Rewards points and miles hold true cash value. However, with fewer monitoring and protection measures in place than traditional bank accounts, the unfortunate reality is that loyalty reward programs are seen as easy targets by fraudsters.
Loyalty program members, especially those in the financial services industry, expect those companies to guard their personal information in the most robust way possible. And while 72 percent of loyalty program managers report experiencing fraud, many are challenged to build a case internally for this type of protection.
Economists report there is currently $238 billion dollars’ worth of loyalty currency in accounts that is vulnerable to hackers. This high value, relatively lower security and less protection (especially compared to bank accounts) makes loyalty and rewards accounts a prime target for hackers and thieves.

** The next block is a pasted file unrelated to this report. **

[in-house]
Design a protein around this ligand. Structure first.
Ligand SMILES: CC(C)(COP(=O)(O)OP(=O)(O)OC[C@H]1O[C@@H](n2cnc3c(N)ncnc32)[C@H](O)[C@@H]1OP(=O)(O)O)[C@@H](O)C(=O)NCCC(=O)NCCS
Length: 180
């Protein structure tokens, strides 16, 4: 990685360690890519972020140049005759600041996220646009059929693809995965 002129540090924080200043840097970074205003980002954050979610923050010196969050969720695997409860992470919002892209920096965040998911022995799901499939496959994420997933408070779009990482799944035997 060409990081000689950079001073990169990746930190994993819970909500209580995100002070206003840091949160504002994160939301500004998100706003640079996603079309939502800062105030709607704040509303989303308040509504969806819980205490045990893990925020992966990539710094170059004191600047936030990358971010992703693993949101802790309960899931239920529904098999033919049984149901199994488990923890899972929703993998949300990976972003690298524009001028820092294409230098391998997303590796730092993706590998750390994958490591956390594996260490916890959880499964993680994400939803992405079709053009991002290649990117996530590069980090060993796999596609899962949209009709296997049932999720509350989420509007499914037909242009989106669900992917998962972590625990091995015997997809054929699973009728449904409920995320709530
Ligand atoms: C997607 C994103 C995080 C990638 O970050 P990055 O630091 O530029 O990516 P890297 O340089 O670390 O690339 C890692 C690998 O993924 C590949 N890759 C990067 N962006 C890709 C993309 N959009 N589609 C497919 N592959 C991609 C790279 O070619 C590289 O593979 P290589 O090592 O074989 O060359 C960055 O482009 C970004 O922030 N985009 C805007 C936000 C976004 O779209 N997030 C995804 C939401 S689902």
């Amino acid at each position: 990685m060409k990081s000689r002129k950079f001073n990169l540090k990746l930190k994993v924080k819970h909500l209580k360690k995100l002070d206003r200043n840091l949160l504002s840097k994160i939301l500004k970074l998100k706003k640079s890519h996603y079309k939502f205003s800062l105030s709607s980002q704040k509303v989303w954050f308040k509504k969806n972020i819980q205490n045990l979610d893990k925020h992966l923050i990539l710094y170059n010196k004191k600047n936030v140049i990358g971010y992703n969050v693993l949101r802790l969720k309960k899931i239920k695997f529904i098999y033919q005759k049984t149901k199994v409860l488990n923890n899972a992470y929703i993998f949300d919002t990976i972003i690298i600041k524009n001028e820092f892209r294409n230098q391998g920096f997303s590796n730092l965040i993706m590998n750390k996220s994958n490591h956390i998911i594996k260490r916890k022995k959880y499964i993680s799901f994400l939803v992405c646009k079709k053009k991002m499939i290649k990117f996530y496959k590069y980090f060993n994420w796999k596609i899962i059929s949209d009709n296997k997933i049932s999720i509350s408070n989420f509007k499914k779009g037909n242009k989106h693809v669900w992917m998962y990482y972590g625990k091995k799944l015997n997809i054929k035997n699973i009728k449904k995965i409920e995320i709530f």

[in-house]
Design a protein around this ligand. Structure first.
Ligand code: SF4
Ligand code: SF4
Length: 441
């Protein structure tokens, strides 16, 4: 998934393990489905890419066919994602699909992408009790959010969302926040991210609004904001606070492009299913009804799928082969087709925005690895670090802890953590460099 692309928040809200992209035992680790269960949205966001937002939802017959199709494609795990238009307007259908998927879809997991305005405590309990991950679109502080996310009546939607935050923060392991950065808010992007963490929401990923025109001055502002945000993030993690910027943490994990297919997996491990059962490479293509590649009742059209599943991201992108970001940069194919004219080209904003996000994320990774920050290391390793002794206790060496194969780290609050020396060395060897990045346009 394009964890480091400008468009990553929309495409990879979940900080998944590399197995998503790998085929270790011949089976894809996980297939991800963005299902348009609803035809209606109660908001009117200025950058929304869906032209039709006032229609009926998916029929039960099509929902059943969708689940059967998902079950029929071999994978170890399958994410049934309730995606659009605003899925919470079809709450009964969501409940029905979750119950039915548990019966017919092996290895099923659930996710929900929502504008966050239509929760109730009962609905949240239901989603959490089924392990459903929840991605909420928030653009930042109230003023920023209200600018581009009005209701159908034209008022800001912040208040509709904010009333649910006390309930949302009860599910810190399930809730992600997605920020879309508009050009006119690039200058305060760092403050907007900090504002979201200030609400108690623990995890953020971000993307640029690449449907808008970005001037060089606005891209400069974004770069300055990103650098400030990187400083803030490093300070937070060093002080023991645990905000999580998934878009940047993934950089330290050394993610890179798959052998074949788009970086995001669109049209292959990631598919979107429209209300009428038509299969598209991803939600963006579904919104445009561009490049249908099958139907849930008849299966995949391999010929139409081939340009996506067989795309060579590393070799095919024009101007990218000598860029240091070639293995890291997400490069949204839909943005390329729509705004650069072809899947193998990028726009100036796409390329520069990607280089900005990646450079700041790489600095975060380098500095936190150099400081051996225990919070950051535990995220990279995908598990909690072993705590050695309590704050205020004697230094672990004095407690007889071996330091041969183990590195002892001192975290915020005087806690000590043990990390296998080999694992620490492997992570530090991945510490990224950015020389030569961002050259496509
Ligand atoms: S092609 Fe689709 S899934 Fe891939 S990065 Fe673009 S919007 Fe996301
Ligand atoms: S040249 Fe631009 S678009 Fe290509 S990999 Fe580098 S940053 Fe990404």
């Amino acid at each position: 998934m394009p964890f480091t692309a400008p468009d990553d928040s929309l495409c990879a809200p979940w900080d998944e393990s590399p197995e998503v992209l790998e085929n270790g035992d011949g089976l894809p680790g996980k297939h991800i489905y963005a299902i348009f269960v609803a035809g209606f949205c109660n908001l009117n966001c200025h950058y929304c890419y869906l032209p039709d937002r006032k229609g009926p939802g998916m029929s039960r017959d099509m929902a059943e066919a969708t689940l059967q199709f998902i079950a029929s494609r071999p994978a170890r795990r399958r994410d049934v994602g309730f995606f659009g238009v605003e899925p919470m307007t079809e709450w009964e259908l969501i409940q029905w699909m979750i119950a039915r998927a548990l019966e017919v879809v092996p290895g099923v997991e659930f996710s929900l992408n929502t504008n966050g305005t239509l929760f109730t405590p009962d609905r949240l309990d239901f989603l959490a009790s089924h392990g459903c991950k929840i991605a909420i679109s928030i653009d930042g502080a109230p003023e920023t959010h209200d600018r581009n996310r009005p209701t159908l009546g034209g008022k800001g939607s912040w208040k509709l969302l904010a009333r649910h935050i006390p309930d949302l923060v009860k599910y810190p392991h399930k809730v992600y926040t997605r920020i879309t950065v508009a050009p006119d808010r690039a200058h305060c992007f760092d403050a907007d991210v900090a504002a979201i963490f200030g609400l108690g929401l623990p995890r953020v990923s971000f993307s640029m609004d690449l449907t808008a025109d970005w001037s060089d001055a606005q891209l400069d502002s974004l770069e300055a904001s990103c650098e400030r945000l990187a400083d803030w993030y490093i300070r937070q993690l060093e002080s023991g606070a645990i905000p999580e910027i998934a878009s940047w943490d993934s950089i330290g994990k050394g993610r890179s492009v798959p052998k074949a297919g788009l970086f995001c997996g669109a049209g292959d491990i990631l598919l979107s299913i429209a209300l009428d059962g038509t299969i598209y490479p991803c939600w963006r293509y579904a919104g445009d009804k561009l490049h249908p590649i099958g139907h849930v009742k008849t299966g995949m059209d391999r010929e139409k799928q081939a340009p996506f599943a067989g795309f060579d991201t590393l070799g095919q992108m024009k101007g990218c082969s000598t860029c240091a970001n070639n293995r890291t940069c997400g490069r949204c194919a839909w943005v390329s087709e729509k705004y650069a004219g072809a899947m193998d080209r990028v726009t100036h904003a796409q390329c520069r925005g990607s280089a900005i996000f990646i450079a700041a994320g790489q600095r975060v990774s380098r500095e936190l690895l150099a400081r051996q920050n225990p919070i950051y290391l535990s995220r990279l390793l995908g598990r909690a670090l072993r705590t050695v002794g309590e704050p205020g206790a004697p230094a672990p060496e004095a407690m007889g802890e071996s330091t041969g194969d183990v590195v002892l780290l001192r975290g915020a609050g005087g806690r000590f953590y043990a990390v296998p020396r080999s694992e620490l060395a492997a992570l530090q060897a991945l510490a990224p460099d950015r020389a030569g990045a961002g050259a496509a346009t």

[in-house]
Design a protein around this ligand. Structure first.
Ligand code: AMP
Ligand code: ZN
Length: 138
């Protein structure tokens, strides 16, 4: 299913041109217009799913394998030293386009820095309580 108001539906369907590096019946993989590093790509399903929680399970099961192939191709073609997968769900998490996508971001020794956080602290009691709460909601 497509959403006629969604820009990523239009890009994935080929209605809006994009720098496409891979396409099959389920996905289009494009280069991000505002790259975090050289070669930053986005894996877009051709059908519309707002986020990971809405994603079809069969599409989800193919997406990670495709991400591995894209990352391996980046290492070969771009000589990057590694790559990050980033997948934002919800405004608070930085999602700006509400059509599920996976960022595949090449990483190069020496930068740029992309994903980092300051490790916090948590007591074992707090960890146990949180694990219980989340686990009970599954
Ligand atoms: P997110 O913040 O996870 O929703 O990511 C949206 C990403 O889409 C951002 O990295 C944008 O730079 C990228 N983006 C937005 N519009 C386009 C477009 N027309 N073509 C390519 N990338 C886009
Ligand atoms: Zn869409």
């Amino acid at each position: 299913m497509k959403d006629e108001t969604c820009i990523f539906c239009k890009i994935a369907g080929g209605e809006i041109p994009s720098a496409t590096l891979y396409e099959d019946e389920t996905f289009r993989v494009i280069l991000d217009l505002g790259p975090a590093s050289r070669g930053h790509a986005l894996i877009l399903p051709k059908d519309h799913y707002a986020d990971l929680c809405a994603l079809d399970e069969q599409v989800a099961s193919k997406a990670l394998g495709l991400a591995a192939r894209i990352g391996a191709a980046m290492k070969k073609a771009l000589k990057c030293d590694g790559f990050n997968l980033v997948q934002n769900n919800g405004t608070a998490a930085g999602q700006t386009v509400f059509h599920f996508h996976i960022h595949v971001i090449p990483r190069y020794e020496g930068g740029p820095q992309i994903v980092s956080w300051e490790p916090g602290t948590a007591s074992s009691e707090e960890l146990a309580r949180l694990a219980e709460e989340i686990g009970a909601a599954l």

Rewards and frequent flier programs carry massive monetary value for airlines. A strong travel rewards program increases customer loyalty while generating revenue. But, if your rewards member base isn’t growing or points and miles aren’t being spent, it may be time to look for a new provider.
The right rewards mix encourages both customer engagement and point spend. But increasing loyalty rewards redemption requires a targeted customer segmentation strategy, often going beyond just typical travel rewards offerings.
What if a specific type of reward could create the ultimate travel experience, one that’s exciting, memorable, something your customers have never experienced before? Would you consider it a nice-to-have or need-to-have?
To help brands increase ancillary travel attachments, Connexions Loyalty partnered with research company Ipsos to survey a specific demographic: Millennials.
Revenue. It’s why airlines buy hotel rooms and travel agencies add ancillary products and providers. To generate revenue, travel inventory suppliers must be able to provide: